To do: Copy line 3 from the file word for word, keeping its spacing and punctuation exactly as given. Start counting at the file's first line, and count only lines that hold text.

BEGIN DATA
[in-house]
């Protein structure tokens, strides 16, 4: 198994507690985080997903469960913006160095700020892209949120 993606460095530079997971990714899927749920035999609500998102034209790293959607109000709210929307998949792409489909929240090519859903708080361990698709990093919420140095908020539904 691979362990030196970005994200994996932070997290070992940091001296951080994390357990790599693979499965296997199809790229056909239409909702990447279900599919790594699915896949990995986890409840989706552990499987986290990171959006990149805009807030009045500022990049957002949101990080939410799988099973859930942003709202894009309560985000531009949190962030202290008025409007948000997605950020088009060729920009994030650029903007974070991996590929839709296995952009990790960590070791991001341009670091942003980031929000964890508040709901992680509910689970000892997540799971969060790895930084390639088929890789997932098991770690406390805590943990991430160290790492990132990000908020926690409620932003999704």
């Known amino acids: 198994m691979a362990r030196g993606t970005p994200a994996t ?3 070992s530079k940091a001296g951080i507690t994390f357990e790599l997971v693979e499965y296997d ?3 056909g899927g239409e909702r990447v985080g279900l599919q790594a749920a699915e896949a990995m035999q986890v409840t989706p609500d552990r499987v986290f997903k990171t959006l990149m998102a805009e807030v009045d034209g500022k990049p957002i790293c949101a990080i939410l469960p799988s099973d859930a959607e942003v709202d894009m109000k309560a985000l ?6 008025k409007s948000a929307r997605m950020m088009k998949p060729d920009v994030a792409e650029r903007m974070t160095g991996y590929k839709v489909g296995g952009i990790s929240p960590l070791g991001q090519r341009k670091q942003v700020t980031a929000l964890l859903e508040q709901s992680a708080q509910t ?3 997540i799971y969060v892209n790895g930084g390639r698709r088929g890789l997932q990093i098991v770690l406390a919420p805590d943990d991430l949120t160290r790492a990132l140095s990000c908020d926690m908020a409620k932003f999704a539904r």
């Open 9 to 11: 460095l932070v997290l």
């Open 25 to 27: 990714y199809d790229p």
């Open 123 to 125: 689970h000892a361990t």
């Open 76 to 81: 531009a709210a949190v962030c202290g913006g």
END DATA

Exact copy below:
């Known amino acids: 198994m691979a362990r030196g993606t970005p994200a994996t ?3 070992s530079k940091a001296g951080i507690t994390f357990e790599l997971v693979e499965y296997d ?3 056909g899927g239409e909702r990447v985080g279900l599919q790594a749920a699915e896949a990995m035999q986890v409840t989706p609500d552990r499987v986290f997903k990171t959006l990149m998102a805009e807030v009045d034209g500022k990049p957002i790293c949101a990080i939410l469960p799988s099973d859930a959607e942003v709202d894009m109000k309560a985000l ?6 008025k409007s948000a929307r997605m950020m088009k998949p060729d920009v994030a792409e650029r903007m974070t160095g991996y590929k839709v489909g296995g952009i990790s929240p960590l070791g991001q090519r341009k670091q942003v700020t980031a929000l964890l859903e508040q709901s992680a708080q509910t ?3 997540i799971y969060v892209n790895g930084g390639r698709r088929g890789l997932q990093i098991v770690l406390a919420p805590d943990d991430l949120t160290r790492a990132l140095s990000c908020d926690m908020a409620k932003f999704a539904r």